The Executor looked at him briefly. “Son, you have no idea the kind of evil that’s upon us. Now get your ass up there.” With that he went inside the inn. Liam looked at Drake and headed to the stables. Mounting up, he rode the path north out of town, Drake following hard behind. If there was one good thing from this, the dog finally got the chance for a good run. Then again, Zygang wasn’t exactly excited about what he had sent them towards. It couldn’t have been a military attack, or the alarm would’ve sounded in town. Liam came upon Abe Winters who was on a hill, looking down at the water.
“Abe, what’s going on?” Liam dismounted and came up beside him.
“Nastiest critters the sea can offer. That’s what.” Abe spat and pointed downward.
Liam followed the bony finger and saw nothing at first. But then he saw it. Them. Hideous creatures he could not have brought to life in his worst nightmares. They were human. No, not quite. Humanoid. But they had no head or face, not even undead. This was something entirely different. The grotesque form where the head would be was hideous. And then came a collectively vile cry that made Liam’s ears ring, even in death.
“What are they?
Abe squinted and looked back as the sound of horses began to grow louder behind them. “…Murlocs.”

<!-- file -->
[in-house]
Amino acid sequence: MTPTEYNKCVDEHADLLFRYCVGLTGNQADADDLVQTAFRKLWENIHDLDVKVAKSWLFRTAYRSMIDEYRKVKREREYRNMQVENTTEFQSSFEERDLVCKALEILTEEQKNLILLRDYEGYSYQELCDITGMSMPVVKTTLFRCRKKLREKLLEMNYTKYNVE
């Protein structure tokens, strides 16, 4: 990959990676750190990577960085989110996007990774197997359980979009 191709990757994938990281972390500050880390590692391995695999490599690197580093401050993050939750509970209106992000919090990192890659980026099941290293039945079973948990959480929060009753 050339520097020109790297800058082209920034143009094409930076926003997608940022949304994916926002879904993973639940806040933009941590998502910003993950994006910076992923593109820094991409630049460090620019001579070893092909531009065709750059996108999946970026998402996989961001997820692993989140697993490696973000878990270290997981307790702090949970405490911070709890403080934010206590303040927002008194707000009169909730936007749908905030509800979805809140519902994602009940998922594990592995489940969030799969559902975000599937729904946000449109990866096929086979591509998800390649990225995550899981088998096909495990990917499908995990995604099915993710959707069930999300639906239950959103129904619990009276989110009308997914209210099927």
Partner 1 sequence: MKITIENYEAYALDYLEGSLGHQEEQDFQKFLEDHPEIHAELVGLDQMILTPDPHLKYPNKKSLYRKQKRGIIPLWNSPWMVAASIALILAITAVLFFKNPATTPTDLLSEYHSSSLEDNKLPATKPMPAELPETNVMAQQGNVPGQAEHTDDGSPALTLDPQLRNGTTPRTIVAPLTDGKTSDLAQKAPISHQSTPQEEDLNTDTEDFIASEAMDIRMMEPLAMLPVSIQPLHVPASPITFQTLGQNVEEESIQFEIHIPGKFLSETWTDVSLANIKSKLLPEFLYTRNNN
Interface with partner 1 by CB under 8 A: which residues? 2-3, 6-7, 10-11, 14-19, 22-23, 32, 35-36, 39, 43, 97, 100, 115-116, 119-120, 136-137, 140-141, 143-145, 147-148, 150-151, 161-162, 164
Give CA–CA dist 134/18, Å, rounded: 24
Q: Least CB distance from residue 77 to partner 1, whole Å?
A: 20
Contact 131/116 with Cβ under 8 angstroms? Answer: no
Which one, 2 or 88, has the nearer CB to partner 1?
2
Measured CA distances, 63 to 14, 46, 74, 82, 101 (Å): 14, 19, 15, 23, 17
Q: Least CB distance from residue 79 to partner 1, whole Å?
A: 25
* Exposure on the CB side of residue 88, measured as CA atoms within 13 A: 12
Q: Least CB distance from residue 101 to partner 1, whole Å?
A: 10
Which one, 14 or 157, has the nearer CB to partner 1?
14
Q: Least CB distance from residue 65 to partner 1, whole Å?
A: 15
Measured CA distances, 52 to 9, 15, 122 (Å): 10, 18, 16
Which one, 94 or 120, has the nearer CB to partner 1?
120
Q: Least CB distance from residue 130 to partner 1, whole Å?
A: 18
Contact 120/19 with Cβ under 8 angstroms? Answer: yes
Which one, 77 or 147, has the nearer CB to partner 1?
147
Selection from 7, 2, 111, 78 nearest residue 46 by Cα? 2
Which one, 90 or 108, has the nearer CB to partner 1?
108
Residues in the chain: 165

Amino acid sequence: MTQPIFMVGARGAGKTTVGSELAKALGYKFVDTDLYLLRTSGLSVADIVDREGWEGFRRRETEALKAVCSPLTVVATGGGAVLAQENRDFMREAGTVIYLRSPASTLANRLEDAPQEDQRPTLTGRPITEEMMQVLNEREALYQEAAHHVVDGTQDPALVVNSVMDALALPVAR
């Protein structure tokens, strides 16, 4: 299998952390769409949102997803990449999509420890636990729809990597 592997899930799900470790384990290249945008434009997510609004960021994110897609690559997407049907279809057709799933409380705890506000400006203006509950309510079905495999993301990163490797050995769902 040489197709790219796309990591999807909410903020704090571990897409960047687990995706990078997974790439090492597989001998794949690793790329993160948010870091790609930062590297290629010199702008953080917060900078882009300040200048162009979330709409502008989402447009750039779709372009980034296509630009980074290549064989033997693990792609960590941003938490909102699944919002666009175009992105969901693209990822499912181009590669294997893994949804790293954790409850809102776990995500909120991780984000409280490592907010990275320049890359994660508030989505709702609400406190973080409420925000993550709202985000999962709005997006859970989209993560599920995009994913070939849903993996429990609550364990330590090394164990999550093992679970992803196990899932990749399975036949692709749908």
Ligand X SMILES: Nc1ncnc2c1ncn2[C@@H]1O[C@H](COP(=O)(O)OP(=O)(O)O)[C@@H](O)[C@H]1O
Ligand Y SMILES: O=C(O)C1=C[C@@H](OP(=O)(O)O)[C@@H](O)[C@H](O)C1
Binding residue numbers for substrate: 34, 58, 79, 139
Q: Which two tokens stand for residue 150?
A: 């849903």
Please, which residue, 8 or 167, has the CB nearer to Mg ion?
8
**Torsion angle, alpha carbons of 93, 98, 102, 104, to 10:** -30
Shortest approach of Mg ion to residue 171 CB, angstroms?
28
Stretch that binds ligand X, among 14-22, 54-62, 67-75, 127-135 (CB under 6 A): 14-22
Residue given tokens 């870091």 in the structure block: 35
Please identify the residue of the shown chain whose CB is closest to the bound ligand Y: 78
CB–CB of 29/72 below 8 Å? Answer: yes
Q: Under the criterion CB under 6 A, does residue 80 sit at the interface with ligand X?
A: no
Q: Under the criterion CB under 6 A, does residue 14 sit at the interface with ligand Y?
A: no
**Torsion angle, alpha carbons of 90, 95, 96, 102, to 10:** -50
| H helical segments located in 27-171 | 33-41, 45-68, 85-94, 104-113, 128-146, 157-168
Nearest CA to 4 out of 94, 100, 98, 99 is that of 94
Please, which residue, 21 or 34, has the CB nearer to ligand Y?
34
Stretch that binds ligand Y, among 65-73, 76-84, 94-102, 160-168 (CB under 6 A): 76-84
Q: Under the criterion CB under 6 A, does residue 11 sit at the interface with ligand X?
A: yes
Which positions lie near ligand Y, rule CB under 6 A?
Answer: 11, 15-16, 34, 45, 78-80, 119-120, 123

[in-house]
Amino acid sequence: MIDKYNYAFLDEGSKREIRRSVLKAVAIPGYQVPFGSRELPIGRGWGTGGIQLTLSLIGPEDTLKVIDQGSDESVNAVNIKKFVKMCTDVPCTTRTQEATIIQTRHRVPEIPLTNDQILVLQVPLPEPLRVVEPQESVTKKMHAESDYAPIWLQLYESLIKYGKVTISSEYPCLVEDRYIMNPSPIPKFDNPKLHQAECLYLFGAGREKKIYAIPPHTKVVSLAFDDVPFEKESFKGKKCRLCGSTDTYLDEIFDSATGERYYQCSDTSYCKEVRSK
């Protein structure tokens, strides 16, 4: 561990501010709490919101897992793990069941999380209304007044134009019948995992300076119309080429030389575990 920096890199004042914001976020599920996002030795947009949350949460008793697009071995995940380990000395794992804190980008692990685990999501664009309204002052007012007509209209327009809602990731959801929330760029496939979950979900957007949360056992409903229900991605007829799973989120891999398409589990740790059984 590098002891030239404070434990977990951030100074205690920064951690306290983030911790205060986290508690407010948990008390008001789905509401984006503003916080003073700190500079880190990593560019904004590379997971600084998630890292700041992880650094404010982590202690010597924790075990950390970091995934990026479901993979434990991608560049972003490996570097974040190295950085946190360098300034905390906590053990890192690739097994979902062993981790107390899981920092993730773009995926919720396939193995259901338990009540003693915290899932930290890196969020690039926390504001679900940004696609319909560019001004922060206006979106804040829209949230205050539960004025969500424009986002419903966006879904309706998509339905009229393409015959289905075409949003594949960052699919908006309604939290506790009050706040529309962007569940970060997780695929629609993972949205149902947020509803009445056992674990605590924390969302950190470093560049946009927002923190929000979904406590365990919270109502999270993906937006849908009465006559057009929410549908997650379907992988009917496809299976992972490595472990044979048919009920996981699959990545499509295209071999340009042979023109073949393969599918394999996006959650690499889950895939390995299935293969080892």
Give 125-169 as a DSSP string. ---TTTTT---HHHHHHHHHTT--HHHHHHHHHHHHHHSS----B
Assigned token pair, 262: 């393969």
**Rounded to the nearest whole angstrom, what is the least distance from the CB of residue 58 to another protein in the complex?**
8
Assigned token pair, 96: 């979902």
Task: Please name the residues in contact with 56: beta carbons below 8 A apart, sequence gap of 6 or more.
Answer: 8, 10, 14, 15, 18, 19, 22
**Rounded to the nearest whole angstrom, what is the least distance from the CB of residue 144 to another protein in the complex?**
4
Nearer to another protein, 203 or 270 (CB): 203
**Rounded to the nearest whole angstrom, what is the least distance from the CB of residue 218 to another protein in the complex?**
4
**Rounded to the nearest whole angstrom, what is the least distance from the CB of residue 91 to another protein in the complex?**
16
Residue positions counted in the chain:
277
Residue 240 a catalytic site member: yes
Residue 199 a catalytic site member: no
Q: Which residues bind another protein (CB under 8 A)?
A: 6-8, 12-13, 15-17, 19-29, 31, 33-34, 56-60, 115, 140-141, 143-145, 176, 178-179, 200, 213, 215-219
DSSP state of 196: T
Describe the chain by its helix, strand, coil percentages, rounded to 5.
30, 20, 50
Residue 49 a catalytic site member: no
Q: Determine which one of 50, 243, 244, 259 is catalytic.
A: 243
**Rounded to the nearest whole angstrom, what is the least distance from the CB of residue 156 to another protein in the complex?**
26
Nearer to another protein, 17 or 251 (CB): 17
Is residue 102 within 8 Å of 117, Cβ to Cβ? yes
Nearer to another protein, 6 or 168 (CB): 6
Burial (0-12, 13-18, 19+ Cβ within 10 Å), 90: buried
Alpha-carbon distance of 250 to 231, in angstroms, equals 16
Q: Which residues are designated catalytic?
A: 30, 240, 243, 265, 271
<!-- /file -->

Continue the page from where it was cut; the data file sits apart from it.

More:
The cry from the monsters ceased and Liam, drawing his bow, nodded to Drake. The dog tore off as Liam let loose the first arrow, dropping one of the creatures. Then another. Then another. However, before too long he and Abe were knee deep in these “Murlocs.” Some of the faster riders from town had arrived at this point and were taking up flanks, but the number of these creatures seemed to keep growing. Drake was back by Liam’s side now, snapping pieces of the fishbeasts in his jaws.
Liam was defending himself with his bow, and trying to fight with an arrow in his hand when it happened. One of the Murlocs had gotten behind Liam but he hadn’t noticed until he felt the piercing in his spine and the spear then push forward before gushing out his chest. Just like that it was over. Liam’s after life was going to last all but a week.
Or was it?
Liam fully expected, well, something. But nothing was there. There was hardly any pain and he was uninhibited in any way. Taking advantage of his confused attacker, Liam swung around. As the spear snapped in the creature’s hands Liam drove an arrow into one of its eyes. When it was buried deep, he scraped the shaft against the orbital bone, trying to do as much harm as possible before it recoiled in agony. It freed him long enough to draw another arrow and actually use his bow to take down another. He then reached down and pulled out what was remaining of the spear in his chest.
All of the others from town had arrived at this point and yet it still didn’t seem to be enough. They were simply outnumbered. Just like Liam, they stood their ground. It was ground they were losing, and losing fast. One man Liam had recognized but not known had been killed by two spears, one in the chest and one through the skull. Unfortunately, there was nothing he could do. He, Drake, and the others were overwhelmed.